U.S. Environmental Protection Agency (EPA) Administrator Carol M. Browner and Agriculture Secretary Dan Glickman yesterday announced actions by the Clinton Administration to phase out the gasoline additive MTBE and boost safe alternatives like ethanol.
MTBE is a leading oxygenate and octane booster that reduces smog emissions, but has supposedly contaminated groundwater in California and elsewhere, according to EPA.
Under the Toxic Substances Control Act, EPA may ban chemicals that are proven risky to the environment.
"Threats posed by MTBE to water supplies in many areas of the country are a growing concern," said Browner. "We need to begin now to eliminate MTBE from gasoline ad move to safer alternatives, like ethanol because Americans deserve both clean air and clean water -- and never one at the expense of the other."
The legislative framework being sent to Congress by EPA includes the following three recommendations.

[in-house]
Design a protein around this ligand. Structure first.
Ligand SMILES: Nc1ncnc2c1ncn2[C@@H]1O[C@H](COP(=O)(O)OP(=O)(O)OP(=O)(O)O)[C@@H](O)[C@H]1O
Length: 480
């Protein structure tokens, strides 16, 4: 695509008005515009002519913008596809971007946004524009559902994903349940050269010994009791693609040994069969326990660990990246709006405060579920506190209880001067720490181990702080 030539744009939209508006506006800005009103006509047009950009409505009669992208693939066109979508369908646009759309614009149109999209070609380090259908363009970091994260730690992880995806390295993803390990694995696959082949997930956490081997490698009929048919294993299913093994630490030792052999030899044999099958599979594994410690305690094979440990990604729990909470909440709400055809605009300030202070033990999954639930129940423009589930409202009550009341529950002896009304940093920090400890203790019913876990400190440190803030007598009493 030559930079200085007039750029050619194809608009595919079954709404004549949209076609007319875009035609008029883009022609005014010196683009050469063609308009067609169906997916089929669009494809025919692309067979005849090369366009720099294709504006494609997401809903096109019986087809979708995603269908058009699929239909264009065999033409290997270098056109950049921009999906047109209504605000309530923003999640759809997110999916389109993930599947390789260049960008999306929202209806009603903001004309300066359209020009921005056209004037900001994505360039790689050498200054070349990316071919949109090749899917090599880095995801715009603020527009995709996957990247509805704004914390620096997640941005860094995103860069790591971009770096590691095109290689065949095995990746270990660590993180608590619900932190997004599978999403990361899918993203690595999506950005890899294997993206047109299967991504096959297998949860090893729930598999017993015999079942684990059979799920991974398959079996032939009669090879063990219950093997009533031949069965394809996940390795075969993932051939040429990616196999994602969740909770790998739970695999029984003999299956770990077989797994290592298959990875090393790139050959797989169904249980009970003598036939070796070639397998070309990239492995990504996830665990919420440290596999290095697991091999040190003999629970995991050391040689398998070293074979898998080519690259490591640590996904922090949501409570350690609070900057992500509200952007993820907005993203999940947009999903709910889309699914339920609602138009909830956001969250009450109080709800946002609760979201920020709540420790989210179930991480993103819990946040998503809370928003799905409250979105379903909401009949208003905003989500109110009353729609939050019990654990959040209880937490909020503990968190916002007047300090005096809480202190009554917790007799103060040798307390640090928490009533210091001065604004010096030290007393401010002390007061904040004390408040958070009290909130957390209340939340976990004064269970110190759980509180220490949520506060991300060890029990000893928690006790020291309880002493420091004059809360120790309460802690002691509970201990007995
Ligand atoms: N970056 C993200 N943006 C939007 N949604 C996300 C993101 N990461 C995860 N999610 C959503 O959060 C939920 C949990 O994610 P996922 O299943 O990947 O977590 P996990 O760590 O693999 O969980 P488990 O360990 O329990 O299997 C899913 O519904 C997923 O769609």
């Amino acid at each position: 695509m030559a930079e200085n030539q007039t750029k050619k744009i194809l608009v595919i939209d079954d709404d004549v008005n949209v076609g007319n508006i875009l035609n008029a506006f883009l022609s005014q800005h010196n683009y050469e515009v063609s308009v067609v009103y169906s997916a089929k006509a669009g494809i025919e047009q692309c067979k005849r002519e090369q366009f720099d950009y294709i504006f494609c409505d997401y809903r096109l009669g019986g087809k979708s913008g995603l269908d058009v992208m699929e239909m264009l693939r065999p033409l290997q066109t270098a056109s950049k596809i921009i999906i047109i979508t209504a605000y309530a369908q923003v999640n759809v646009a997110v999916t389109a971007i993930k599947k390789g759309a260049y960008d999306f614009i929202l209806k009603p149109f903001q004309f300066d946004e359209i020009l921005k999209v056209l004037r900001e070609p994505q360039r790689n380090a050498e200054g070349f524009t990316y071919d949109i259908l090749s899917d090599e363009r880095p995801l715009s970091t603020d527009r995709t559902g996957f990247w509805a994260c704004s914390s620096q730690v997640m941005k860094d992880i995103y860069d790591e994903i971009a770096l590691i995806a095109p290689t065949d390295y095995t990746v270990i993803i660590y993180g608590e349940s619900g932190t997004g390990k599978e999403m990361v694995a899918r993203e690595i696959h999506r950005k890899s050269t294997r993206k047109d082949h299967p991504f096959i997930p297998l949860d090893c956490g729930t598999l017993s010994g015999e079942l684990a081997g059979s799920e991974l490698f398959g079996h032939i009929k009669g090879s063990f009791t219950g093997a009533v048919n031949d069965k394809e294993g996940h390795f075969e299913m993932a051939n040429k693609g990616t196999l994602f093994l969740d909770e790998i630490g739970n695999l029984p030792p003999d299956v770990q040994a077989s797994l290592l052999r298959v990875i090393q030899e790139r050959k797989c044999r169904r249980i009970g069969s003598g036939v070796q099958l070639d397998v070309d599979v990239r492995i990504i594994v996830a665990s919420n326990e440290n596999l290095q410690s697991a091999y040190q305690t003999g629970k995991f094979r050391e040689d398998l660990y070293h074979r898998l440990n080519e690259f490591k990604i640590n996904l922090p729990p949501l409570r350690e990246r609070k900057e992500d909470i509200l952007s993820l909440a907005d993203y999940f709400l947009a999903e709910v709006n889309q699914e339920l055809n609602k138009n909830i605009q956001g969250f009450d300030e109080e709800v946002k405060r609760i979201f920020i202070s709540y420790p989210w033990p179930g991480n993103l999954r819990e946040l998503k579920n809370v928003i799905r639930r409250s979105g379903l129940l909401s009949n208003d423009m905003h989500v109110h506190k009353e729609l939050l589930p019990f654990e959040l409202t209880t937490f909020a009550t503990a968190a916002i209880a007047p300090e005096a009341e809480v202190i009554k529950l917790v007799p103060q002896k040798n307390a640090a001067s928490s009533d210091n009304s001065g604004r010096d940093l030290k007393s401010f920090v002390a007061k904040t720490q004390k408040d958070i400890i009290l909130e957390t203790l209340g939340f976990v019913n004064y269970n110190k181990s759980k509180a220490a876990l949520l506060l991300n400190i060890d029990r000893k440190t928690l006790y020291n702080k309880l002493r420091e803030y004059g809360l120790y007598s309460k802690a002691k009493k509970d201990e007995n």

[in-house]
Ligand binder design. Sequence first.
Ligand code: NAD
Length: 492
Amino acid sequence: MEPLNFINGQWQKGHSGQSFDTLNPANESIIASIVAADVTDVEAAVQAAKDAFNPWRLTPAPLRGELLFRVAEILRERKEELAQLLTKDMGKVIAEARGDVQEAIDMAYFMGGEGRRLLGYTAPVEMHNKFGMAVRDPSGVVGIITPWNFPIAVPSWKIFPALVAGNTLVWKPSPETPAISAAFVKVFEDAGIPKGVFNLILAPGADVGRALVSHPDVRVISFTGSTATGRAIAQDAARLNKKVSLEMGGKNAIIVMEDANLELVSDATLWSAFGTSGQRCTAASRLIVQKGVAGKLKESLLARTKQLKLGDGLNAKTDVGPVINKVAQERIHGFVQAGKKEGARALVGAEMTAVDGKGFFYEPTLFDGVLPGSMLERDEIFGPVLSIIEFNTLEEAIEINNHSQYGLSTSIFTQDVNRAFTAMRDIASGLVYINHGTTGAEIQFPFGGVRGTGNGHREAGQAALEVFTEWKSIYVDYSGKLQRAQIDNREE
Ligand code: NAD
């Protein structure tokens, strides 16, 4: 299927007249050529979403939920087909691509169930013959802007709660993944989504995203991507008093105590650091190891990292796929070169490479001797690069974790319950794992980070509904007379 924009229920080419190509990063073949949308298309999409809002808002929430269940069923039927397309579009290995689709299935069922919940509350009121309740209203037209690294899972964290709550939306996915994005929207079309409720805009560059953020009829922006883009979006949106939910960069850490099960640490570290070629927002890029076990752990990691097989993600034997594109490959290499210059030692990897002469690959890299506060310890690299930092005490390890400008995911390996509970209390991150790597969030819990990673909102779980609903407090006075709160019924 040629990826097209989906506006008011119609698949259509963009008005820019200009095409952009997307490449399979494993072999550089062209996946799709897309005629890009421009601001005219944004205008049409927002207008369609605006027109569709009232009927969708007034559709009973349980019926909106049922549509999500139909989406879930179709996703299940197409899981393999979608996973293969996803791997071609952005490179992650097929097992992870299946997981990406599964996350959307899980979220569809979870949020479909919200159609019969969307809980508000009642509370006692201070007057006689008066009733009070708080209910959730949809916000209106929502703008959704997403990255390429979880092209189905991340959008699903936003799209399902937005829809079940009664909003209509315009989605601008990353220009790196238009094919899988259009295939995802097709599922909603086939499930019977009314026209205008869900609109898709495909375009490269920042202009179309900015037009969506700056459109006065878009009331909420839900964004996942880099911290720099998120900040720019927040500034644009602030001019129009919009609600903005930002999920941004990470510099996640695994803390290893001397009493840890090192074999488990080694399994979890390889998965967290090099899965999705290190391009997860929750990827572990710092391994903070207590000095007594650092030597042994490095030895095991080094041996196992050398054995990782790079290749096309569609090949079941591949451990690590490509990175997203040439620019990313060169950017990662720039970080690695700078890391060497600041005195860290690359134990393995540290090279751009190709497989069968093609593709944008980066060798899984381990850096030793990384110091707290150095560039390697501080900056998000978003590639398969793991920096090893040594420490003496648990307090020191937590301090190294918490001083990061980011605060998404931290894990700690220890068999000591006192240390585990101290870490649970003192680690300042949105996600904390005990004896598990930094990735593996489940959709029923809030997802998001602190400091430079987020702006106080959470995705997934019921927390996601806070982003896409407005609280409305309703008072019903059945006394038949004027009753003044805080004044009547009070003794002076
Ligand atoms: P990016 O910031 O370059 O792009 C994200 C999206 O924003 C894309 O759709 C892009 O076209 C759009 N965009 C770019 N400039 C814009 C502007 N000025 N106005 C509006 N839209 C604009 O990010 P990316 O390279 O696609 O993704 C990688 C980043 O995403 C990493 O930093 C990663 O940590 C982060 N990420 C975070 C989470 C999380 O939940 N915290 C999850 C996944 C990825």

Congress should amend the Clean Air Act to provide the authority to significantly reduce or eliminate the use of MTBE.
As MTBE is reduced or eliminated, Congress must ensure that air quality gains are not diminished.
Congress should replace the existing oxygenate requirements in the Clean Air Act with a renewable fuel standard for all gasoline.
"These principles provide a strong, unified framework for promoting the continued growth of renewable fuels like ethanol," said Glickman. "Ethanol will play an important role in ensuring that we maintain the air quality gains we have achieved to date, and the renewable fuels standard will encourage substantial new growth in the use of ethanol and other renewable fuels."
In addition to the legislative framework, Browner announced that EPA formally began regulatory action to eliminate or phase down MTBE, issuing an Advance Notice of Proposed Rulemaking under Section 6 of the Toxic Substances Control Act.
Section 6 of the Toxic Substances Control Act gives EPA authority to ban, phase out, limit or control the manufacture of any chemical substance deemed to pose an unreasonable risk to the public or the environment.
EPA expects to issue a full proposal to ban or phase down MTBE within six months, after which more time is required by the law for analysis and public comment before final action can be taken.